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him briefly before Belk walked away.


31.

Blake did have a concussion during the Lampasas game. He had what is termed a shearing
where the back of the neck shears the nerves in the brain. In any case, and after the game, the
Ripples expressed concerns for their sons head injury. Belk stated that Blake would be fine
after taking a shower.

32.

Doug Ripple, Blakes father then informed Coach Woerner that they needed to take Blake
to the hospital, who told Doug that Blake would probably be fine the next morning and that
he just needed a shower, Tylenol, a nap and would be fine. Nevertheless, the Ripples could
tell that something was seriously wrong and decided to take Blake to the ER. Woerner gave
Mr. Ripple his cell number and in a rather, cavalier manner said to call and let him know
how our boy was doing.

33.

At the hospital Blake received a cat scan which confirmed that he had suffered a concussion.
He was later sent home with orders to see his primary physician on Monday. There is no
evidence the Coach or Athletic Trainer, or anyone for that matter, ever asked for the hospital
report or required any other clearance before Blake could play again or for an updated
medical release.

34.

On October26th the District completed a Notice of Claim noting in the body of the form only
that Athlete was hit in the head, and was absolutely silent about the concussion. Belk
signed this claim form. The claim also requires a Parent/Guardian Certification Signature
yet none was obtained. Further, the District never notified Blake or his parents of the
insurance claim.

35.

After that injury Blake complained about headaches and nausea. He also experienced

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episodes where his right side would shake involuntarily, like a tremor. Because of these
symptoms, Blake did not play in the next two games but the Ripples kept school personnel
in the athletic department updated and informed throughout the semester. Again, the District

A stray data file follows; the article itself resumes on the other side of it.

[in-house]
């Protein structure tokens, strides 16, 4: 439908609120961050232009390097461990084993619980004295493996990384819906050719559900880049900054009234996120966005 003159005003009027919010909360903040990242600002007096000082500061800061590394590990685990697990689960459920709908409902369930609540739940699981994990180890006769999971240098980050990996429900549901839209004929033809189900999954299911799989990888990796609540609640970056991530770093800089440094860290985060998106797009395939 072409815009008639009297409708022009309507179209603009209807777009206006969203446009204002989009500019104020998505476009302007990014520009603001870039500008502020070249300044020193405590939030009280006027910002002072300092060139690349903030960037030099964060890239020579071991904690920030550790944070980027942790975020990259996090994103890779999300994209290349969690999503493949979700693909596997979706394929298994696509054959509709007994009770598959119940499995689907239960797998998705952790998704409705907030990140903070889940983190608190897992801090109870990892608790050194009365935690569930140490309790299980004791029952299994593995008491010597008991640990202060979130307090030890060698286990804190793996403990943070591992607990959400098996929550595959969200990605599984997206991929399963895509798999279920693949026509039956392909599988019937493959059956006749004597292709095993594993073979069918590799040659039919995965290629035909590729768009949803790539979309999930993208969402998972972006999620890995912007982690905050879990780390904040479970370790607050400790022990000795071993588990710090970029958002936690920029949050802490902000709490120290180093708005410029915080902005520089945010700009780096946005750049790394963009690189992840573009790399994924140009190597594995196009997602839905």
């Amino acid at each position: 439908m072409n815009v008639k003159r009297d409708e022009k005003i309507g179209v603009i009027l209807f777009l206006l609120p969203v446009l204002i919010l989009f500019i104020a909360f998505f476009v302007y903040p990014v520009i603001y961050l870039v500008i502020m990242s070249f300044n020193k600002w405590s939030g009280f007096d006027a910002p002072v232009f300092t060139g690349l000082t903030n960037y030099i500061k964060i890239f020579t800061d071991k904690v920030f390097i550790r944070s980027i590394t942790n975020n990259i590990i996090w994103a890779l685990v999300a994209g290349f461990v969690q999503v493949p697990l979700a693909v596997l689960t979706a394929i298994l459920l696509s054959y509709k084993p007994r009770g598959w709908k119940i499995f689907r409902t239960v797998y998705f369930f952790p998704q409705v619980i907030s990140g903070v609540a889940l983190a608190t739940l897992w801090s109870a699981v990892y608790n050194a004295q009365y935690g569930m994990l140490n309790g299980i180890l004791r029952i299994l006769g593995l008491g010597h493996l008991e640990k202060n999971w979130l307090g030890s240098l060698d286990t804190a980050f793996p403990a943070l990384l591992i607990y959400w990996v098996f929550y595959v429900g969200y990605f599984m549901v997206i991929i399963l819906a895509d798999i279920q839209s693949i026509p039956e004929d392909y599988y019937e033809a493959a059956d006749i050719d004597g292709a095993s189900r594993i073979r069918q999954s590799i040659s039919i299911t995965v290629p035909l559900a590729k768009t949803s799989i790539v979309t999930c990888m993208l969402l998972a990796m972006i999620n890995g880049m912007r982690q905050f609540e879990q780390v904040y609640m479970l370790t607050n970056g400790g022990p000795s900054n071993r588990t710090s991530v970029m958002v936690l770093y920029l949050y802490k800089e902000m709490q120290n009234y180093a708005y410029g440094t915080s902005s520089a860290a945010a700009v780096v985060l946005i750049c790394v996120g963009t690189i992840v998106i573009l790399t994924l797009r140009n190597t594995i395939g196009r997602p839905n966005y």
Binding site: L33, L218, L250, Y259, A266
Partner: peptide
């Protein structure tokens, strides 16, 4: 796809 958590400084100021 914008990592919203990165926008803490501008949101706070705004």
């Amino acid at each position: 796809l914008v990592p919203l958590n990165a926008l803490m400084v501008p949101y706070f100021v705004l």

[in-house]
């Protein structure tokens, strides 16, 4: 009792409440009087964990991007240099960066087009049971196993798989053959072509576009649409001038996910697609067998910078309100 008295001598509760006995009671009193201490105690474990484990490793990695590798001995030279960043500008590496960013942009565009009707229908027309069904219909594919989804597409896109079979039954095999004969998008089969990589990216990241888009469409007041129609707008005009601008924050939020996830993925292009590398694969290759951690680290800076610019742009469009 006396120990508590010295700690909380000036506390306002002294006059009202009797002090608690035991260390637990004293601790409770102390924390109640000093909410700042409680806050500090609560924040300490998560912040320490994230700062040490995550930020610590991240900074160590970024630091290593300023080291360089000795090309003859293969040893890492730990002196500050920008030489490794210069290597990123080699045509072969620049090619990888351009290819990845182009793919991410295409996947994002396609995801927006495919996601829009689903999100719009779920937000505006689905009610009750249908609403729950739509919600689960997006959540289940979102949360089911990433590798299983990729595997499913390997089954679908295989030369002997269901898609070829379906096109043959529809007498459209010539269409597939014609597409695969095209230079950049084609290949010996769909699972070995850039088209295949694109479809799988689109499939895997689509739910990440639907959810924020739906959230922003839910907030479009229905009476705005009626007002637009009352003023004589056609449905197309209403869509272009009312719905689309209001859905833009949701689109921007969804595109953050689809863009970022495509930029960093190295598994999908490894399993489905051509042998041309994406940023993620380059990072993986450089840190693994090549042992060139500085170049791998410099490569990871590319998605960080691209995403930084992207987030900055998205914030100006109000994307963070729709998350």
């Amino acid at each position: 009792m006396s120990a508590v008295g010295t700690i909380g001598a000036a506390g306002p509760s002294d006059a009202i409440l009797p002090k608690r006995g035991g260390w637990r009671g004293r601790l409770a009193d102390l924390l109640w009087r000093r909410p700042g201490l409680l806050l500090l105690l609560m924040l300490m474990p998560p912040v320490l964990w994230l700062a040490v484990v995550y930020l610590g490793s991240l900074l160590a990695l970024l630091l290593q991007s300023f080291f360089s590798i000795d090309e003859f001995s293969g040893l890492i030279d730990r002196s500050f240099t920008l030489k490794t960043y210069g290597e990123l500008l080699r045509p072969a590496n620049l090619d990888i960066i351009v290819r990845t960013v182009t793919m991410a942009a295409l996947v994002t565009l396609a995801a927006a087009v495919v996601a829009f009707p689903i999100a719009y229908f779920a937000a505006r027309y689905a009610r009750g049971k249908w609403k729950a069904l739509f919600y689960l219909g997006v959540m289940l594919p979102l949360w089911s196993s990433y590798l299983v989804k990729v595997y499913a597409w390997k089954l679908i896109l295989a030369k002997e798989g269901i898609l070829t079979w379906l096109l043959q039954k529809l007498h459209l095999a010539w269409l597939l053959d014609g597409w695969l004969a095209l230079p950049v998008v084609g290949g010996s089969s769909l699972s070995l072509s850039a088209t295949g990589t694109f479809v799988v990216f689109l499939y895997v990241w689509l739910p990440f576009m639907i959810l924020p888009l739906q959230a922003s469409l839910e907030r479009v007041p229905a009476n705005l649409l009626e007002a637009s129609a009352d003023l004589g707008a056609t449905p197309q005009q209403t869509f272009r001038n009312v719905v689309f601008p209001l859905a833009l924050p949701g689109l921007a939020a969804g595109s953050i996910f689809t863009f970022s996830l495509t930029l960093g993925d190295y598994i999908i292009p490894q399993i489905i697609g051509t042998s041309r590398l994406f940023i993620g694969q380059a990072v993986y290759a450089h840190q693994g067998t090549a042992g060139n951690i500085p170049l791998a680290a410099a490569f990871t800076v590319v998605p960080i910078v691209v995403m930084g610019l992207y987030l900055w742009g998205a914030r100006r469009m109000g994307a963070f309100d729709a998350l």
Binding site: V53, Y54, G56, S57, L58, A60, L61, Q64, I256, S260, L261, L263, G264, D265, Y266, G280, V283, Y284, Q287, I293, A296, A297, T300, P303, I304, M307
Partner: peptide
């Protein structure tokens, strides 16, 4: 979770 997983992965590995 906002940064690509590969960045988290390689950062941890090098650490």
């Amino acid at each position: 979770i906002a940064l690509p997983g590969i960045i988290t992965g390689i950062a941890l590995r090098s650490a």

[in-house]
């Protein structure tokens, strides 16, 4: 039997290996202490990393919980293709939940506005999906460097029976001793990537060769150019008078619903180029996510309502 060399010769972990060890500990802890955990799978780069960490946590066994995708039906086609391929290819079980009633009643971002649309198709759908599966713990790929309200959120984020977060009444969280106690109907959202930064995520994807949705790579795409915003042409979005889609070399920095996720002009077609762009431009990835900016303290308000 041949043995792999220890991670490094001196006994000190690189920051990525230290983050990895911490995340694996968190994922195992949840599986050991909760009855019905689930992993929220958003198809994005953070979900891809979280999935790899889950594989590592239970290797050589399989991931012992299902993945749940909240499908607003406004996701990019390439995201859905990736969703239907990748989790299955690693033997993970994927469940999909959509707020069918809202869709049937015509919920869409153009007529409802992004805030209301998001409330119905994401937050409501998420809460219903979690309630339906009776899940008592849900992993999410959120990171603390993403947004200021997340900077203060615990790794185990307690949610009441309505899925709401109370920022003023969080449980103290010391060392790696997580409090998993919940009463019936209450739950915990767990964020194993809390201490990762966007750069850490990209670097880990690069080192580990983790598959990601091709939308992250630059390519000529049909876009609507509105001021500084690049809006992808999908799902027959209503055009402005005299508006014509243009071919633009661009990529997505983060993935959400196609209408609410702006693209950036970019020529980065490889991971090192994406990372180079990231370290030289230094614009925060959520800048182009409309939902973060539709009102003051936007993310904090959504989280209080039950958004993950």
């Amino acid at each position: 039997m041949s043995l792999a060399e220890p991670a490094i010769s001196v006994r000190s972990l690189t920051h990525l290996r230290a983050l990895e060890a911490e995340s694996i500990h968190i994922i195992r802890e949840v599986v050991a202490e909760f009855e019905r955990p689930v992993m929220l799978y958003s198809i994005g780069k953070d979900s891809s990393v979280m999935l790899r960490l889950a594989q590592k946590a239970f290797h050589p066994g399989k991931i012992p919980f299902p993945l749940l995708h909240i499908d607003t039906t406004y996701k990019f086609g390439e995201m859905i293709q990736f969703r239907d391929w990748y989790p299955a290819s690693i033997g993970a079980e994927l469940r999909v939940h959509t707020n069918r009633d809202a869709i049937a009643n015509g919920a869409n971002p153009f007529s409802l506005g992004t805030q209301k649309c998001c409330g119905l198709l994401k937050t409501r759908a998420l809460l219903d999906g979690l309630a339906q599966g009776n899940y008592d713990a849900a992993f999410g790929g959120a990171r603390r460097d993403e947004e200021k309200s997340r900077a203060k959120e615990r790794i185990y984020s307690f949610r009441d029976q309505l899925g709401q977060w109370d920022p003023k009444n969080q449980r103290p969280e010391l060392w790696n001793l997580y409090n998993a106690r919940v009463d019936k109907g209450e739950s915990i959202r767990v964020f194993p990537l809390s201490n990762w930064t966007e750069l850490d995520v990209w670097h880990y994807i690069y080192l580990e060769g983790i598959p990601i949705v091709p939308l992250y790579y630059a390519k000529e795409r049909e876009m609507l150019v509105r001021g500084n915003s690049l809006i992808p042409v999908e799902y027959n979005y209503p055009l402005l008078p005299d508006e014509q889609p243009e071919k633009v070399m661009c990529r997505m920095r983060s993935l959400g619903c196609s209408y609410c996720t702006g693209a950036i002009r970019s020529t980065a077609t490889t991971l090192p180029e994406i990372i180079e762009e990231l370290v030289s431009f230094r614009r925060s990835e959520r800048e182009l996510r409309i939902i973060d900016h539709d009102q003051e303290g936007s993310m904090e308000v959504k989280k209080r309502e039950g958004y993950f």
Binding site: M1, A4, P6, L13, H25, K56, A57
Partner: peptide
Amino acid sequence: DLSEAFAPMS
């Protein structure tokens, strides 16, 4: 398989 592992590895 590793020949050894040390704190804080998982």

never requested medical records from his doctors or the hospital.
36.

At one point Dr. Buxton, one of Blakes physicians requested to see the helmet he had been
wearing so Blake went to the school to retrieve his helmet. When Blake was leaving the
locker room, he was stopped by Coach Kyle Futtrell who inquired as to what Blake was
doing with his helmet and was told he could not remove it. To Blakes knowledge, no one
from the school ever contacted Dr. Buxton about his desire to see the helmet or any other
issue regarding Blakes medical care.

37.

Blake received home-bound services on two occasions. First, on or about October 26, 2009,
when he returned to school after the concussion. At that time he was experiencing chronic
and severe headaches, nausea and vertigo which effected his ability to participate and attend
school. There were days that Mrs. Ripple had to go and pick him up because he did not feel
well. Not surprisingly, given these symptoms, Blake he also had trouble concentrating. Even
though Blake now should have been recognized as a student with a disability, this issue was
completely ignored by the District.

38.

On December 12, 2009, Blake was in a car that rolled over three times. Due to his recent
head injury he was transported to Seton Highland Lakes Hospital as a precaution. At the
hospital another cat scan was performed. Fortunately, the scan revealed no changes to his
brain from the previous concussion, but five nodules were found on his thyroid. No one
from the school ever requested any of this medical information either.

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39.

On March 12, 2010, Blake had surgery to remove the nodules from his thyroid. The school
did not request any medical records related to this surgery and Blakes family did not provide
any. After the surgery Blake continued to complain about being dizzy. He also experienced
frequent black outs and his headaches became progressively worse. At this time, he began
seeing Dr. Everett Heinze, M.D. After several appointments with Dr. Heinze, Blake was
referred Blake to the Mayo Clinic in Rochester, Minnesota.

40.

Lori Ripple informed multiple ISD staff and administration of Blakes continued medical
issues including the school principal and teachers, from Principal Eric Penrod to Assistant
Principal Allen Roberts. and Coach Woerner and Trainer Belk.

41.

Blake was seen and treated at the Mayo Clinic from May 18, 2010 until May 27, 2010.
Doctors at the Mayo Clinic believe that Blake had an autonomic dysfunction brought on by
the head injuries Blake had experienced playing football. Blake was told that he could
eventually play football again, but that it would take some time before he could get back out
on the field. His doctors told him that it would take time and that he would have to take